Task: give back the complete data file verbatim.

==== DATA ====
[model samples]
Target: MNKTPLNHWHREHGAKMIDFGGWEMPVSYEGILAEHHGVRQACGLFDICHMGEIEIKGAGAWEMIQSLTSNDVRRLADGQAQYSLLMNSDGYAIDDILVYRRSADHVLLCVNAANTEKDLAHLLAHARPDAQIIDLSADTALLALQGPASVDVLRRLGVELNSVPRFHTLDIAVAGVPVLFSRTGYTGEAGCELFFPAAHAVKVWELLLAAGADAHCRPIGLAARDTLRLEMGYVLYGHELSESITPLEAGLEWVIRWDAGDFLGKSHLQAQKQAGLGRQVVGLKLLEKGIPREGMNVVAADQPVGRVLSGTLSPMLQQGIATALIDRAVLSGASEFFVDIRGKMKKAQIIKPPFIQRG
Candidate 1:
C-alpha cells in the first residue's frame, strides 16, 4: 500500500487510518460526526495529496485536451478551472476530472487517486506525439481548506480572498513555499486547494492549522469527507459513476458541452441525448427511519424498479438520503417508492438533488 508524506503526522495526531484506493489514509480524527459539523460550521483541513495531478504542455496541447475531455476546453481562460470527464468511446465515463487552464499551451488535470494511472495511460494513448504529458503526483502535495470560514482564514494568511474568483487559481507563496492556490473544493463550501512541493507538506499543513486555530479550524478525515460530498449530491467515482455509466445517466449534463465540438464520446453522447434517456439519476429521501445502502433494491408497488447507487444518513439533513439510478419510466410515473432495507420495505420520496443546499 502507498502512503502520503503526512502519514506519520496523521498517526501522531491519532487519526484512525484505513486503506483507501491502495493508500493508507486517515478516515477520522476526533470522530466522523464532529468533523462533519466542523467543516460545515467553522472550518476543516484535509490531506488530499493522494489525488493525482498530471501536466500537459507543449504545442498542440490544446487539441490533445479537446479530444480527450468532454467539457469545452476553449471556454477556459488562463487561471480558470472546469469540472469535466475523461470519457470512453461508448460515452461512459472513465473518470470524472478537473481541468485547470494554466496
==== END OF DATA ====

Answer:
[model samples]
Target: MNKTPLNHWHREHGAKMIDFGGWEMPVSYEGILAEHHGVRQACGLFDICHMGEIEIKGAGAWEMIQSLTSNDVRRLADGQAQYSLLMNSDGYAIDDILVYRRSADHVLLCVNAANTEKDLAHLLAHARPDAQIIDLSADTALLALQGPASVDVLRRLGVELNSVPRFHTLDIAVAGVPVLFSRTGYTGEAGCELFFPAAHAVKVWELLLAAGADAHCRPIGLAARDTLRLEMGYVLYGHELSESITPLEAGLEWVIRWDAGDFLGKSHLQAQKQAGLGRQVVGLKLLEKGIPREGMNVVAADQPVGRVLSGTLSPMLQQGIATALIDRAVLSGASEFFVDIRGKMKKAQIIKPPFIQRG
Candidate 1:
C-alpha cells in the first residue's frame, strides 16, 4: 500500500487510518460526526495529496485536451478551472476530472487517486506525439481548506480572498513555499486547494492549522469527507459513476458541452441525448427511519424498479438520503417508492438533488 508524506503526522495526531484506493489514509480524527459539523460550521483541513495531478504542455496541447475531455476546453481562460470527464468511446465515463487552464499551451488535470494511472495511460494513448504529458503526483502535495470560514482564514494568511474568483487559481507563496492556490473544493463550501512541493507538506499543513486555530479550524478525515460530498449530491467515482455509466445517466449534463465540438464520446453522447434517456439519476429521501445502502433494491408497488447507487444518513439533513439510478419510466410515473432495507420495505420520496443546499 502507498502512503502520503503526512502519514506519520496523521498517526501522531491519532487519526484512525484505513486503506483507501491502495493508500493508507486517515478516515477520522476526533470522530466522523464532529468533523462533519466542523467543516460545515467553522472550518476543516484535509490531506488530499493522494489525488493525482498530471501536466500537459507543449504545442498542440490544446487539441490533445479537446479530444480527450468532454467539457469545452476553449471556454477556459488562463487561471480558470472546469469540472469535466475523461470519457470512453461508448460515452461512459472513465473518470470524472478537473481541468485547470494554466496